[gclist] Java vs. ML, particularly GC

Dmitry Lomov dsl@tepkom.ru
Fri, 05 Jan 2001 18:17:07 +0300

"Krishnaswami, Neel" wrote:
> Dave Mason [mailto:dmason@sarg.Ryerson.CA] wrote:
> >
> > I have 10-20K lines of coding experience in SML, Caml, Scheme (, and
> > [skip]
> > 1) opinions on the accuracy of this perception?
> True, but keep in mind that ML and Ocaml have highly-optimizing
> native code compilers, and you are comparing it to a bytecode
> system. Of course, if native MLs exists on all the platforms you
> care about then Java still loses.

I suppose Dave compares to bytecode versions of OCaml and SML...

As to original question, I think the most important difference between
OCaml and SML and Java, is that the former two, being functional 
makes less reference updates, thus allowing better performance 
of generational collector.

In OCaml implementation, they use 2-age generational collector, 
young heap is collected by a copying collector, and 
major heap - by incremental mark&sweep. This is very fast,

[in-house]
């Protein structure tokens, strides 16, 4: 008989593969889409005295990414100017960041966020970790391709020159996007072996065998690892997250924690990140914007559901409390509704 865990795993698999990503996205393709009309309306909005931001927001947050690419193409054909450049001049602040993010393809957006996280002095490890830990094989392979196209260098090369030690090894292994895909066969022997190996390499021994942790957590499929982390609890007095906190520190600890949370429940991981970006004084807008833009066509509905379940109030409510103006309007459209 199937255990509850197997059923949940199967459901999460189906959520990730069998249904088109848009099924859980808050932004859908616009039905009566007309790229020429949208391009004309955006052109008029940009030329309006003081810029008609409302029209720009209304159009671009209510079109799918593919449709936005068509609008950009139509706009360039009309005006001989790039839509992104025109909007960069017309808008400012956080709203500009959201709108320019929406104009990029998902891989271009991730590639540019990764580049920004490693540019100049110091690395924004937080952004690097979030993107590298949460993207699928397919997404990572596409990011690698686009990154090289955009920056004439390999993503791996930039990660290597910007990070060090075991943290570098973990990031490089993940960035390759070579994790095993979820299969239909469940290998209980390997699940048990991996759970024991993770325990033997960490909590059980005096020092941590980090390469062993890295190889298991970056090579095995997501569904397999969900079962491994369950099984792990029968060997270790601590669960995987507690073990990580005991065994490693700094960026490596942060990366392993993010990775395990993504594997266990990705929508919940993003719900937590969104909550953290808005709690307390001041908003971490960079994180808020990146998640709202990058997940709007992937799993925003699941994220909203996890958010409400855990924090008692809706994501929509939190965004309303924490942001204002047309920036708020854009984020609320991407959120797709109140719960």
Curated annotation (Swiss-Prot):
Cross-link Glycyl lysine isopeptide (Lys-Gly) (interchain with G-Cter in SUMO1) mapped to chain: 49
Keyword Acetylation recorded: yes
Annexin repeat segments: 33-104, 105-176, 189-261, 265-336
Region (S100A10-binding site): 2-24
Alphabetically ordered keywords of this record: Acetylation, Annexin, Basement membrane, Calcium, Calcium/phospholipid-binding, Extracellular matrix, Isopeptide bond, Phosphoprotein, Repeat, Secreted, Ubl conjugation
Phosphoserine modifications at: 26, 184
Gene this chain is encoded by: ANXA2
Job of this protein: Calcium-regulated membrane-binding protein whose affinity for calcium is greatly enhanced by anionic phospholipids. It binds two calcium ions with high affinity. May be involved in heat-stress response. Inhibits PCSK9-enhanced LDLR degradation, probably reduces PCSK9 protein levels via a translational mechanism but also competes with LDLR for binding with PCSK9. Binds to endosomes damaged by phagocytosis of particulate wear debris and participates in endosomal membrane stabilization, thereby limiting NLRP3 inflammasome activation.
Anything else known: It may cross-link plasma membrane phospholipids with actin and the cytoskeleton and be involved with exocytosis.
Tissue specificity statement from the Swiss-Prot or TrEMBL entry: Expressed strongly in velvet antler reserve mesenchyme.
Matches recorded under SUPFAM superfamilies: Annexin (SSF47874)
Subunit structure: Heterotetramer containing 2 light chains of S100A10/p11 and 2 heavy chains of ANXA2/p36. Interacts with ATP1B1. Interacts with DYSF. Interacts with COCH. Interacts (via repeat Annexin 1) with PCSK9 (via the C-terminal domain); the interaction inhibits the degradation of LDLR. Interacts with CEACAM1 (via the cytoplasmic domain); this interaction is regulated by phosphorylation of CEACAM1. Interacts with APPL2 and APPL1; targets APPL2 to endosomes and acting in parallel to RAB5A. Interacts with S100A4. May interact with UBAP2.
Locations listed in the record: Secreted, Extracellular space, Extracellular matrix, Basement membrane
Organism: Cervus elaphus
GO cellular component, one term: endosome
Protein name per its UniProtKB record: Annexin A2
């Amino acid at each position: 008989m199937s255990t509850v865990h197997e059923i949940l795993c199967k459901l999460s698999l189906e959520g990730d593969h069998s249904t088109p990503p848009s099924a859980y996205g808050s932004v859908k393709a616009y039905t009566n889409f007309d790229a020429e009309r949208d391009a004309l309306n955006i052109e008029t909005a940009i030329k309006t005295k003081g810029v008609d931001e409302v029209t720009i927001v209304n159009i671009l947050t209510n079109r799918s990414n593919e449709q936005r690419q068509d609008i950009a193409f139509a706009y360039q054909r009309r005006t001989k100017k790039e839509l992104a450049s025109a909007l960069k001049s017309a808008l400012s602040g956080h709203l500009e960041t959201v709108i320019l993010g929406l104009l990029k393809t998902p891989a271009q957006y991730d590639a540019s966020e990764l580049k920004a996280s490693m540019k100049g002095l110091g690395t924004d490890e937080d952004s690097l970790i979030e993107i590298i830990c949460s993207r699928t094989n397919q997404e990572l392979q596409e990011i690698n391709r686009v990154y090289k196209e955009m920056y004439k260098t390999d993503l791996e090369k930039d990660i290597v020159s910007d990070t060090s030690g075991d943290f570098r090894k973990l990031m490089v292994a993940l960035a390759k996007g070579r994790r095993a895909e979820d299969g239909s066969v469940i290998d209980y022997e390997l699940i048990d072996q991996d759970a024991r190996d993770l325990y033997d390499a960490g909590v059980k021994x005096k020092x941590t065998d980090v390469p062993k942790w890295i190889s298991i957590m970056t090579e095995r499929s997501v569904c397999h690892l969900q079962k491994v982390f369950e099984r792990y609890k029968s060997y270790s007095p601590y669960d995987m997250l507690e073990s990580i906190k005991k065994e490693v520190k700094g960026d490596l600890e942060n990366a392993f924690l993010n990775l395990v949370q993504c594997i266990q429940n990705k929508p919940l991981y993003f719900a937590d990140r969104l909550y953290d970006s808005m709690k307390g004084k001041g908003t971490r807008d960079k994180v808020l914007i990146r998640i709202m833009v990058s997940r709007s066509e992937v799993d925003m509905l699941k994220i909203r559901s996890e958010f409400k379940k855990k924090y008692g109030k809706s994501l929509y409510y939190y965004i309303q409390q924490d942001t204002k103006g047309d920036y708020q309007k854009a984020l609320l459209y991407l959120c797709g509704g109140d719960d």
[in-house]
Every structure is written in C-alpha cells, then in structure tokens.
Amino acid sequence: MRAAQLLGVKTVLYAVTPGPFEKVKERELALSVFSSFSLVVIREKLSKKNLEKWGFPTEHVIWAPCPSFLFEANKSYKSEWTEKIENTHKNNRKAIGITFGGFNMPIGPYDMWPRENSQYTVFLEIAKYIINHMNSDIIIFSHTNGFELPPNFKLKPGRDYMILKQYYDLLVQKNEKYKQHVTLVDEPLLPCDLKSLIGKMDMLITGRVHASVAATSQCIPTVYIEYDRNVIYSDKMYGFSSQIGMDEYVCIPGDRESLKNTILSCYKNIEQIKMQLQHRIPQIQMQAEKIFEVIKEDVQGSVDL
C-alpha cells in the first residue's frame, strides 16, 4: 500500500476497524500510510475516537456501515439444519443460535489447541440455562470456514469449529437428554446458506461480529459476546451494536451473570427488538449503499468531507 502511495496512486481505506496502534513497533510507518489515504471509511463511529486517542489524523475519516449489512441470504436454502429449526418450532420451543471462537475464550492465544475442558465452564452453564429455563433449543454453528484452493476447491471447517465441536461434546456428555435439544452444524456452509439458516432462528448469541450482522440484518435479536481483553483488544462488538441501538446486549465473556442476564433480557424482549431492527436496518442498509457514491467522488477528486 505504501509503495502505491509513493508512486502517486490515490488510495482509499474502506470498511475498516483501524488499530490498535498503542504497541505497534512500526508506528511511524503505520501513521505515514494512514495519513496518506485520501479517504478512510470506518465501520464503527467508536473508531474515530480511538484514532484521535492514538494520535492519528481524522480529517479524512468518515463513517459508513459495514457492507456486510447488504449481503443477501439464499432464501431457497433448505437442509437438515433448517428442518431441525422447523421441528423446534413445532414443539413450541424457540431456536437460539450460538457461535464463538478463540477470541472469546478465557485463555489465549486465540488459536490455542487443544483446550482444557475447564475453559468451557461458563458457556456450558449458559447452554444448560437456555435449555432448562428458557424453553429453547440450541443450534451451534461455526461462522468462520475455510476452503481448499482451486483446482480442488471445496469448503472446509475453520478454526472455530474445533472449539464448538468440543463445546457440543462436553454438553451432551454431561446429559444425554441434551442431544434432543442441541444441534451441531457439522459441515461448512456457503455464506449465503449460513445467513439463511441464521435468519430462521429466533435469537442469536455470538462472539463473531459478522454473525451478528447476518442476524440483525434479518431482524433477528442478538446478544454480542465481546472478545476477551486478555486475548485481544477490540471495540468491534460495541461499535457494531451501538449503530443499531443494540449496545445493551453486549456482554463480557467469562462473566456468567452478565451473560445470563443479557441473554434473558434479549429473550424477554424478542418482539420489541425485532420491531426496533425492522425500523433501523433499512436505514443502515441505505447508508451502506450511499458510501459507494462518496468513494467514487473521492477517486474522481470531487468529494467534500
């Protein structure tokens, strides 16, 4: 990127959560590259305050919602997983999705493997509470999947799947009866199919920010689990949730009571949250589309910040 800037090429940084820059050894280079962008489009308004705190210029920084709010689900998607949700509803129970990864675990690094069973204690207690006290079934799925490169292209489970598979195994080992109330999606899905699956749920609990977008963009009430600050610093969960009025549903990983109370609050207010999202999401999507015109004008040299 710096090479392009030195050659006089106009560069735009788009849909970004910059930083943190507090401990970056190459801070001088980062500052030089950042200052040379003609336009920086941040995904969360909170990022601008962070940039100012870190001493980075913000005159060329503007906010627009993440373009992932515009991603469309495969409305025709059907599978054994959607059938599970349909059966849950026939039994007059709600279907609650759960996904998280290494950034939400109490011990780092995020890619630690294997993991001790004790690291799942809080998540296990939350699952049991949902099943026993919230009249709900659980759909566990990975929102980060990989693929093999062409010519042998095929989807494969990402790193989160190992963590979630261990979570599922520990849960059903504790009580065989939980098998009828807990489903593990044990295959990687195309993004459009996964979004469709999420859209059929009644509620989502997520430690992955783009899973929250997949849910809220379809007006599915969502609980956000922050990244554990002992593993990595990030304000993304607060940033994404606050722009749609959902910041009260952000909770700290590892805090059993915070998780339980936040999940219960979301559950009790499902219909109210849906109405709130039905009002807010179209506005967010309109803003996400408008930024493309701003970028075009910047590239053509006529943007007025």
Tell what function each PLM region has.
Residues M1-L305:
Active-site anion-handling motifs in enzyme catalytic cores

as you understand - I suppose, the fastest possible.

Of course, as usually the big problem is pointers from 
major heap to minor heap, but those are rare in functional 
languages, so thay just have a table of references from major 
to young heap (not very big) and include it in roots for
minor collections. At every minor collection, table is cleared.
Whenever table overfills, minor collection is performed.

For Java, this is unacceptable, because pointers from major
to minor heap will appear all the time.


Dmitry S. Lomov
mailto:dsl@tepkom.ru    ICQ#: 20524819 (Rusty)
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